The following is an excerpt from JOHN PSAROPOULOS | February 2, 2018 | Weeklystandard.com |
Over the past five years, the State Grid Corporation of China has come close to performing a feat that the European Union, despite its 13 trillion euro economy, has failed at for two decades: create an electricity grid stretching across much of Europe, introducing efficiencies and economies of scale that national transmission operators are incapable of. With a 4.75 billion euro acquisition spree, China’s State Grid has acquired stakes in the grids of Greece, Italy, Portugal, and, shortly, Spain, making it Europe’s leading investor in electricity transmission.
State Grid’s astonishing foray into what were until recently jealously guarded national assets has been a wake-up call to the European Union. For years, the E.U. has been trying to decouple the transmission of electricity from its generation, as it broke up old state monopolies. When the eurozone directed its indebted Mediterranean members to raise money by privatizing state power companies (among other assets) in the wake of the 2008 financial crisis, few imagined that these would be snapped up by a single state-owned company.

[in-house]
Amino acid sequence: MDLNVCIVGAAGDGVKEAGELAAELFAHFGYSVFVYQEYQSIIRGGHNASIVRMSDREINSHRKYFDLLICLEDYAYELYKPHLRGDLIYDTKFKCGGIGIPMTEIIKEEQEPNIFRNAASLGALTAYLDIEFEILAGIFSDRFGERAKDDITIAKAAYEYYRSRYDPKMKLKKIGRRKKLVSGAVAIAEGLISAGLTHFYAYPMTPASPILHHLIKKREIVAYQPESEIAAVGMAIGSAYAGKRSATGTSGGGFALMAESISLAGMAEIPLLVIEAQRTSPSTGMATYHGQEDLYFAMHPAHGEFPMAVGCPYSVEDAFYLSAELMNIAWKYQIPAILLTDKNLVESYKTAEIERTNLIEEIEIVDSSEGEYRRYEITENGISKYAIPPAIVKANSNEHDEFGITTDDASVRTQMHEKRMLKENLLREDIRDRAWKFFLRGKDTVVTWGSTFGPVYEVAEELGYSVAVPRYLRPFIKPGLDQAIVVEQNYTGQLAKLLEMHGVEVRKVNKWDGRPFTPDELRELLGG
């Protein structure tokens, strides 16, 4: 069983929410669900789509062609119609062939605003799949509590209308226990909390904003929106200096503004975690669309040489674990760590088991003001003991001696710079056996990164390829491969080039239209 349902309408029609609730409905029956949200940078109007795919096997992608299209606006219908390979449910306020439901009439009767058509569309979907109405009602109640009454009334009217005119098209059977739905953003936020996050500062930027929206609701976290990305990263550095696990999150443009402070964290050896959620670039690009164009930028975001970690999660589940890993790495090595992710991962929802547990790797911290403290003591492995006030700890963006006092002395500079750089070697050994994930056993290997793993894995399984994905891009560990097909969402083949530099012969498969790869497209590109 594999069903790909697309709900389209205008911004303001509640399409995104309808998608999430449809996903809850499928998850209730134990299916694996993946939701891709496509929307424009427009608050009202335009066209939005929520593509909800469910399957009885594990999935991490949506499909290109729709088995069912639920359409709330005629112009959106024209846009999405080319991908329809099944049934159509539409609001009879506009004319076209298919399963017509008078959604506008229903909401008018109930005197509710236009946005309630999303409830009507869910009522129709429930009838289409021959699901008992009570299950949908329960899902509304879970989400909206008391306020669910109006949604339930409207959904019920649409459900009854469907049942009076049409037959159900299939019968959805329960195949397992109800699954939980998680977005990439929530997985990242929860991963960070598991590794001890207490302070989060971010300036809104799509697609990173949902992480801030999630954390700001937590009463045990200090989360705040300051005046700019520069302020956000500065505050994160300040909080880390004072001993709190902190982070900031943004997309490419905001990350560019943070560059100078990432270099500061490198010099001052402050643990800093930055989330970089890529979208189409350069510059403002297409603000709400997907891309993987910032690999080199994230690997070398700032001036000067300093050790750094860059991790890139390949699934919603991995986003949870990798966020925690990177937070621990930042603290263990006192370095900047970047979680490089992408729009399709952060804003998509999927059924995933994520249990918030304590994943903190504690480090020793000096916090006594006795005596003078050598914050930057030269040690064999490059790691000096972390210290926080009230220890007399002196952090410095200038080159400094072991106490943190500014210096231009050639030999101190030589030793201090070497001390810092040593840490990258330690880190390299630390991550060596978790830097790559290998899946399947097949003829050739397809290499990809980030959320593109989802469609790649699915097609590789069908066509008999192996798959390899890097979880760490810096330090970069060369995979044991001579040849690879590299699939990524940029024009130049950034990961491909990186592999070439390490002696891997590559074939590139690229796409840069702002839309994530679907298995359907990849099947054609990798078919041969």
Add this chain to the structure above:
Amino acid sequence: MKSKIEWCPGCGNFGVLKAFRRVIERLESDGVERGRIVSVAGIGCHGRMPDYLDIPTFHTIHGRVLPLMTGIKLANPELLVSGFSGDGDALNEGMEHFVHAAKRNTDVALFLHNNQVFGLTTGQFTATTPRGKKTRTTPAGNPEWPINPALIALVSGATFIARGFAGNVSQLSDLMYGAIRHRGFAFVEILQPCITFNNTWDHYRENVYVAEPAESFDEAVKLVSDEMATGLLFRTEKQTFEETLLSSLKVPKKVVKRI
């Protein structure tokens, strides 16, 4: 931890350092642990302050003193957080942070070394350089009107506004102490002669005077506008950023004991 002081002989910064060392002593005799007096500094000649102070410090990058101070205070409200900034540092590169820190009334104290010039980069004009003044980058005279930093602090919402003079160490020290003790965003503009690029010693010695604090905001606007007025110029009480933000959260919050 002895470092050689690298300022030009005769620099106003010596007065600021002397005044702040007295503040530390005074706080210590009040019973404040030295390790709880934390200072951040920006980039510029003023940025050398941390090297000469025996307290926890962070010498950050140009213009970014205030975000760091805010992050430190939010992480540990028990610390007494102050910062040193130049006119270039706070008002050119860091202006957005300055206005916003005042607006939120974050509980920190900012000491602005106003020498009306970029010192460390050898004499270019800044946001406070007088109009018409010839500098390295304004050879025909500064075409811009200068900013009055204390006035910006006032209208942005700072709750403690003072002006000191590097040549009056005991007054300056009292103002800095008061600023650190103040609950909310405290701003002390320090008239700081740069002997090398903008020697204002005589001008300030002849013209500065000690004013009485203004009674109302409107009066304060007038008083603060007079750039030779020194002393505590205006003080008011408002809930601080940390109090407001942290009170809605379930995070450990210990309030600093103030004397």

Meanwhile, China moved in the opposite direction. State Grid was formed in 2002 as an experiment in state capitalism. The galloping pace of China’s economy over the past two decades helped ensure its growth. It is now the world’s largest utility by revenue (it operates 60 subsidiaries in China alone). Released into the free market world, State Grid has been devastatingly effective. Its ambitions have made it a stakeholder in electricity generation and transmission in Brazil, Australia, and the Philippines. Today it has revenues of $315 billion and controls assets of almost half a trillion dollars. Most of these assets are still in China, but it is halfway to its goal of buying up to $50 billion in assets abroad by 2020.
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